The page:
Articles, Blog

The Future of Irrigated Agriculture


(music) MAC: Water is the number
one issue for everybody. For people living in cities
as well as people involved in agriculture. CAMERON: In the lower Rio Grand
Valley there’s a population growth occurring and that
creates competing interests for the water that is
available there. AL: The future of irrigated
agricultural farmers in Texas is going, there’s going to be
tremendous demands on their water. JIM: The rate that the Rio
Grande Valley is growing, municipalities are going
to require much more water. There’s going to be a
lot of pressure on the agricultural community. To better utilize the water
and in some cases their water rights may be
reduced or taken away. MAC: A lot of the state economy
is dependent on agriculture and irrigation is a
vital portion of that, particularly here in the valley. What can we do together to make
water available for the future? WAYNE: We have to find ways to
be more efficient and to be able to irrigate our farmer’s
lands with less water than we had in the past. There are some things out there
that agriculture is doing on water conservation. But the reality is if we want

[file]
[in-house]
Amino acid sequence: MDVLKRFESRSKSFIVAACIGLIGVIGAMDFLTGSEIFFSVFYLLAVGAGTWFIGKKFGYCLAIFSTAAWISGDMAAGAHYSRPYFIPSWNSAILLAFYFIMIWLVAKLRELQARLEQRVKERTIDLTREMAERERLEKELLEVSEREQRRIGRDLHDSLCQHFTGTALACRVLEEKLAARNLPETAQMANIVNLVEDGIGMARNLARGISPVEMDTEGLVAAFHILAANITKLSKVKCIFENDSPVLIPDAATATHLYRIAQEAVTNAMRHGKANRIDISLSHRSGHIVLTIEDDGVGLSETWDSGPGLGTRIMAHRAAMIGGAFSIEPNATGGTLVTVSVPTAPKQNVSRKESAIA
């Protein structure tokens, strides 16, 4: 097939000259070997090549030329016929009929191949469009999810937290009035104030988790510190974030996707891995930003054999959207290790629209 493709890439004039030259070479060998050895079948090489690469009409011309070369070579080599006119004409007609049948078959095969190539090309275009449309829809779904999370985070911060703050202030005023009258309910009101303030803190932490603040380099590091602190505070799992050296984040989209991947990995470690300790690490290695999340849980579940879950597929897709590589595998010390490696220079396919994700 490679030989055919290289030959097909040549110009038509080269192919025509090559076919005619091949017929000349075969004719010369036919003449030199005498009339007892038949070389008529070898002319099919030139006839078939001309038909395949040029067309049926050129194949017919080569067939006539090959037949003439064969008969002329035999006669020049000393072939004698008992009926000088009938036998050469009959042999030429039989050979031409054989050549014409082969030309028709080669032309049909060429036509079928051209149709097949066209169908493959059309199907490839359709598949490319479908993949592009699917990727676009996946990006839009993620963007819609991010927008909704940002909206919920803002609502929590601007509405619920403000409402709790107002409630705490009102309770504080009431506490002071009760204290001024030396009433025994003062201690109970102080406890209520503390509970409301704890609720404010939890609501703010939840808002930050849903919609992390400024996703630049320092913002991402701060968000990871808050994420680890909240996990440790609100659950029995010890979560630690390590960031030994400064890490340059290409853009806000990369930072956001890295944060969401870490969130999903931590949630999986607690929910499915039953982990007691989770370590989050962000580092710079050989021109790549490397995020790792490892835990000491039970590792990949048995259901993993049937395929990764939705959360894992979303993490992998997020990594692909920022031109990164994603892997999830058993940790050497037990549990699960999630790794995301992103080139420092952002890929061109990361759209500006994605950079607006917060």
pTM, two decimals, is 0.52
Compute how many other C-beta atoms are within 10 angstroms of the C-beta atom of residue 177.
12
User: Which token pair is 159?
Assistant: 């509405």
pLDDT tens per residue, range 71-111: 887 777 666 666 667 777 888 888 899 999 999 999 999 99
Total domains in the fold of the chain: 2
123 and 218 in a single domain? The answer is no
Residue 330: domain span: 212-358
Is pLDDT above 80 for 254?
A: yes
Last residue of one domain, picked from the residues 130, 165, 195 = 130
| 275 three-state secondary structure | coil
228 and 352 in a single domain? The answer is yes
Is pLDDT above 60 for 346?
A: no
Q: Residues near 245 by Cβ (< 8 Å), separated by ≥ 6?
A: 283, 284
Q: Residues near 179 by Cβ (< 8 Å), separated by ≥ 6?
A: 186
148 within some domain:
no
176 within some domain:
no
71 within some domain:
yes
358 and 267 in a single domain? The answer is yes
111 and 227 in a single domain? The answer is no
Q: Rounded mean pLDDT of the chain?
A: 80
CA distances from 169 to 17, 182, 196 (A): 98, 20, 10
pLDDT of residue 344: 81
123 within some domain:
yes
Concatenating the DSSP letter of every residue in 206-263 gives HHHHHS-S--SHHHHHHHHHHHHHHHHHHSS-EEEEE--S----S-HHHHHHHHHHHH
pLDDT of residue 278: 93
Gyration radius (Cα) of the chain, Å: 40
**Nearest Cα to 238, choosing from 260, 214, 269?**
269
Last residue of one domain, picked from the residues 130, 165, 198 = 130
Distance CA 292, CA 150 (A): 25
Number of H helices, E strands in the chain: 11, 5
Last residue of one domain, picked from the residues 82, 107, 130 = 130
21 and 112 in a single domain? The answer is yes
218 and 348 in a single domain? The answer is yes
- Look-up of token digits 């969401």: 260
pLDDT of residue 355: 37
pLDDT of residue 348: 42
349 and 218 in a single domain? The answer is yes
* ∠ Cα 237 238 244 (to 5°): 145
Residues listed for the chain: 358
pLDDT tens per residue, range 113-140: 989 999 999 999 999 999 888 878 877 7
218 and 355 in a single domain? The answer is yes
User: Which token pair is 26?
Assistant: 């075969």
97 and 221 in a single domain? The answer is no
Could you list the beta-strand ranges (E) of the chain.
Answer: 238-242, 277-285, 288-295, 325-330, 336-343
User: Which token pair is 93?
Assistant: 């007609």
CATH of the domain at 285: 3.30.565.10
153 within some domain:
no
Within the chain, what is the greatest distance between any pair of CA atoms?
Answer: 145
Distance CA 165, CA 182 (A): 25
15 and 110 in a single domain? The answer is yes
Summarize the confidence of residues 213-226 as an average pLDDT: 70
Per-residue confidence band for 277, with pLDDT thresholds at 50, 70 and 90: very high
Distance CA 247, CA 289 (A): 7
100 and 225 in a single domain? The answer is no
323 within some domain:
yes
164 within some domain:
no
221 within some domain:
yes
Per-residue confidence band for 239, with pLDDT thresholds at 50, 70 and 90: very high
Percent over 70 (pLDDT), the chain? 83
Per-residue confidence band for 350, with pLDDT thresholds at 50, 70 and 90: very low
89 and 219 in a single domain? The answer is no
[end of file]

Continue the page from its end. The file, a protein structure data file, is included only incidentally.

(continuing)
to see water conservation in agriculture, state policy needs
to focus on infrastructure changes. TOM: I hope that the information
that comes out of this project, can be delivered to those
legislatures, those policy makers that when they start
making rulings on how we deliver our water and who has the right
to that water, they take into account the importance of
that irrigation water to the Rio Grande Valley. CAMERON: One way we can assist
the districts is through developing education programs,
targeting those producers to help them to change to more
efficient irrigation practices. AL: That’s what the Ag Water
Efficiency is all about, is demonstrating to the farmer
which technologies we’ve found, which vendors we’ve found,
and which systems we’ve found actually are cost effective
and will return not only a savings in water,
but an increase in profit. MAC: We need to continue to
have research in water use efficiency because we need to
keep an sustainable agriculture. Because you don’t want
agriculture to go out of any community, particularly
here in the valley. DIEGO: I think it’s our job as
people getting educated to go out there to the world and
change how we do things. We have to build a better future
for ourselves and our kids. AL: Conservation is not
an option in the future of irrigated agriculture in Texas,
it’s absolutely mandatory. CAMERON: So now is the time for
us to seize the opportunity to create awareness, to educate the
public, to tell the producers and the districts about ways
that they can conserve water now and for the future of Texas.

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